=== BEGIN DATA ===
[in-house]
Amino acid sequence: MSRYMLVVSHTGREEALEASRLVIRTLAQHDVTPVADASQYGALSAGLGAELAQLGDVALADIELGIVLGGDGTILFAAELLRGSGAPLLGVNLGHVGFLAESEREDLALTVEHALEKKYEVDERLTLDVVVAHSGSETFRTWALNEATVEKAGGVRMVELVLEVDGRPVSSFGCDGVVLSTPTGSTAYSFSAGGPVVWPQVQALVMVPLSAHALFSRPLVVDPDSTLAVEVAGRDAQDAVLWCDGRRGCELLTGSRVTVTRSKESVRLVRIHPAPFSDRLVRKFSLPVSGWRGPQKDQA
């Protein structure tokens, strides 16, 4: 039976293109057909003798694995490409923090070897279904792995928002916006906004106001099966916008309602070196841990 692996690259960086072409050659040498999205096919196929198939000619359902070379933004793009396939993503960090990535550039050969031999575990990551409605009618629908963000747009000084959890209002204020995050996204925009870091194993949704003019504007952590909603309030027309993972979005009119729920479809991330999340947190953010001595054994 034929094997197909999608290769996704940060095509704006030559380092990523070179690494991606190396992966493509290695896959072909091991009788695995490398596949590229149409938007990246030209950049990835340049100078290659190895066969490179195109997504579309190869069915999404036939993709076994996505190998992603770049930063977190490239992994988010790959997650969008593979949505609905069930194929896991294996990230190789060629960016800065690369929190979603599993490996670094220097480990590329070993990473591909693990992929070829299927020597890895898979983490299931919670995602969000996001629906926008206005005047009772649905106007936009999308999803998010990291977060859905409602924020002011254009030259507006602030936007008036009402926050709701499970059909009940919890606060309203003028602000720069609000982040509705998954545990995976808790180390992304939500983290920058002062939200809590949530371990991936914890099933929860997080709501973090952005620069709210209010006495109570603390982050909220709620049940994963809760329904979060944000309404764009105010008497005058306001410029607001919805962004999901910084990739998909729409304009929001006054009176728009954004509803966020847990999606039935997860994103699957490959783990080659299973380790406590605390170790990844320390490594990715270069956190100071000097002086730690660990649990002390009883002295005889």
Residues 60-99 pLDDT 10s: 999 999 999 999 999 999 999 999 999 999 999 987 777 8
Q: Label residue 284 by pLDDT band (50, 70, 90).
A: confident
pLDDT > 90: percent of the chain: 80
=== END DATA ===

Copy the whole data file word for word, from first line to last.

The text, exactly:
[in-house]
Amino acid sequence: MSRYMLVVSHTGREEALEASRLVIRTLAQHDVTPVADASQYGALSAGLGAELAQLGDVALADIELGIVLGGDGTILFAAELLRGSGAPLLGVNLGHVGFLAESEREDLALTVEHALEKKYEVDERLTLDVVVAHSGSETFRTWALNEATVEKAGGVRMVELVLEVDGRPVSSFGCDGVVLSTPTGSTAYSFSAGGPVVWPQVQALVMVPLSAHALFSRPLVVDPDSTLAVEVAGRDAQDAVLWCDGRRGCELLTGSRVTVTRSKESVRLVRIHPAPFSDRLVRKFSLPVSGWRGPQKDQA
């Protein structure tokens, strides 16, 4: 039976293109057909003798694995490409923090070897279904792995928002916006906004106001099966916008309602070196841990 692996690259960086072409050659040498999205096919196929198939000619359902070379933004793009396939993503960090990535550039050969031999575990990551409605009618629908963000747009000084959890209002204020995050996204925009870091194993949704003019504007952590909603309030027309993972979005009119729920479809991330999340947190953010001595054994 034929094997197909999608290769996704940060095509704006030559380092990523070179690494991606190396992966493509290695896959072909091991009788695995490398596949590229149409938007990246030209950049990835340049100078290659190895066969490179195109997504579309190869069915999404036939993709076994996505190998992603770049930063977190490239992994988010790959997650969008593979949505609905069930194929896991294996990230190789060629960016800065690369929190979603599993490996670094220097480990590329070993990473591909693990992929070829299927020597890895898979983490299931919670995602969000996001629906926008206005005047009772649905106007936009999308999803998010990291977060859905409602924020002011254009030259507006602030936007008036009402926050709701499970059909009940919890606060309203003028602000720069609000982040509705998954545990995976808790180390992304939500983290920058002062939200809590949530371990991936914890099933929860997080709501973090952005620069709210209010006495109570603390982050909220709620049940994963809760329904979060944000309404764009105010008497005058306001410029607001919805962004999901910084990739998909729409304009929001006054009176728009954004509803966020847990999606039935997860994103699957490959783990080659299973380790406590605390170790990844320390490594990715270069956190100071000097002086730690660990649990002390009883002295005889």
Residues 60-99 pLDDT 10s: 999 999 999 999 999 999 999 999 999 999 999 987 777 8
Q: Label residue 284 by pLDDT band (50, 70, 90).
A: confident
pLDDT > 90: percent of the chain: 80